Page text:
Encouraged, I graduated to commuting on the Reddy Bike. That was a triumph. I passed my Metro Bus, the one I can't ride any more. Who needs you, Metro Bus? I passed my gym. Haha, gym, who needs you either? On the way home, I detoured into Delaware Park and circled Hoyt Lake. What a pretty ride. And the fare was what, 45 cents?
As much as I love riding the Reddy, the bikes can't replace my car anytime soon.
The weather this summer has been iffy, and because the office requires me to schlep a laptop, I can't risk getting caught in the rain. Also, it can be vexing that although you can be pretty sure a bike will be there when you need one, you can't be 100 percent sure.
Furthermore, the city can be dicey for bikers. There are some nice bike lanes – the one along Linwood Avenue is spectacular. Other bike lanes, though, like the one along Delaware Avenue, are more challenging. And all the bike lanes, riskier or safe, disappear once you get downtown.
One more drawback is that the Reddy Bike system, in its quest to be super-simple, is sometimes vague.
Once, I took the North Buffalo bike path to Anderson's Custard. I locked the bike up at the rack there – and came home to find the Reddy system had slapped me with a mysterious $50 fine. Yikes! Later that evening, a Reddy robot emailed me explaining that it was because I locked the bike at a rack outside the district.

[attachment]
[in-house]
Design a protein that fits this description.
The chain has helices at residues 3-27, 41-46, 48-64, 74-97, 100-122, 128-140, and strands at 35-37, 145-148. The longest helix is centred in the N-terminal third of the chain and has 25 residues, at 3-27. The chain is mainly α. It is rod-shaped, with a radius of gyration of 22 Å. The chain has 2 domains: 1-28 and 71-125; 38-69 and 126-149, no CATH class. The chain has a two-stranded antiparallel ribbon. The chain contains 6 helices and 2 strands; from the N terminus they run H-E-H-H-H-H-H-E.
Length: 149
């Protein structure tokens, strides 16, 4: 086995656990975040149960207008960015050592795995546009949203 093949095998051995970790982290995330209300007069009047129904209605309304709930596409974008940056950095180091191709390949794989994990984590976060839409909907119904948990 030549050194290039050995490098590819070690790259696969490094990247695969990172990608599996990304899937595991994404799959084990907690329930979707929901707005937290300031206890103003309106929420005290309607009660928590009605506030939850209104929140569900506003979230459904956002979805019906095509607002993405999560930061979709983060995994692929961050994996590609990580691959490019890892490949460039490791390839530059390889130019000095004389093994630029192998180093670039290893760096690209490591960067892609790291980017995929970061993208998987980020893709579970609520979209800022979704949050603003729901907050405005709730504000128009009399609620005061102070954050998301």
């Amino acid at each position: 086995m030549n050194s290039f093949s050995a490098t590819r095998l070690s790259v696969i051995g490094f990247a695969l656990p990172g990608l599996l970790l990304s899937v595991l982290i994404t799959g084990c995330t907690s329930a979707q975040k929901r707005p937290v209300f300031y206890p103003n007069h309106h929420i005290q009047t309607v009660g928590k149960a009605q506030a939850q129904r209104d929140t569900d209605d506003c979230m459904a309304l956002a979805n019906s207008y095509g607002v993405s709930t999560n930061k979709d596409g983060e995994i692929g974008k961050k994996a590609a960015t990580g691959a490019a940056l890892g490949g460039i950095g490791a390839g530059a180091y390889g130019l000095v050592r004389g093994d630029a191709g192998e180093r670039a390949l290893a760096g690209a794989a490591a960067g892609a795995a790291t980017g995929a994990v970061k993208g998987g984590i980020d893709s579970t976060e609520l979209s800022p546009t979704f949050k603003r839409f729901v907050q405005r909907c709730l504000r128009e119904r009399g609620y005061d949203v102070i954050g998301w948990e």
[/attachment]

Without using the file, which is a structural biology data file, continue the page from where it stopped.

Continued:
"Don't worry," it chirped. "We'll forgive you this time." Thanks, but I could have skipped the aggravation. Just be more clear, you know?
The next day, locking up a Reddy in Delaware Park, I met two college students having a terrible time trying to sign up for the system. Nothing worked. I tried in vain to help. Eventually we all gave up.
"I could have lost weight by now!" one of them complained. "Now, I just want to eat."
Well, the system is evolving. In general, I've been very impressed with it.
It has been two months since I signed up. I have acquired the SoBi app. It maps your ride – which would have saved me a lot of trouble on that Outer Harbor trip.
Reddy tells me I've spent 27 hours, 42 minutes on the bikes.
I've made 25 trips and burned 5,718 calories.
I've earned the 100 Miles badge.
Now I'm shooting for 500 miles.
I better get there, before the season is out.
BLUE BIKES, TOO
Blue Bikes, presented by BlueCross BlueShield of Western New York, are also part of the Buffalo bike-rental mix this summer. Here’s how they work:
Location: Blue Bikes can be rented at Canalside on the Boardwalk, across from Liberty Hound.
Availability: Adult, child and full-sized trikes, along with helmets and bike locks, are available 10:00 a.m. to 8 p.m. daily through the end of August. The program is open to all ages, but anyone 15 and under must wear a bike helmet.
Cost: $10 for one hour, $5 for each additional hour or $25 for the day. BlueCross BlueShield of WNY members will receive $5 off any rental when presenting their member ID.
Share: Cyclists are encouraged to share their experiences on social media through #BlueBikes.
Bonus: Blue Bike rental includes complimentary use of the Queen City Bike Ferry to access the Outer Harbor.
Twitter: @BNrefresh, @MaryKunzGoldman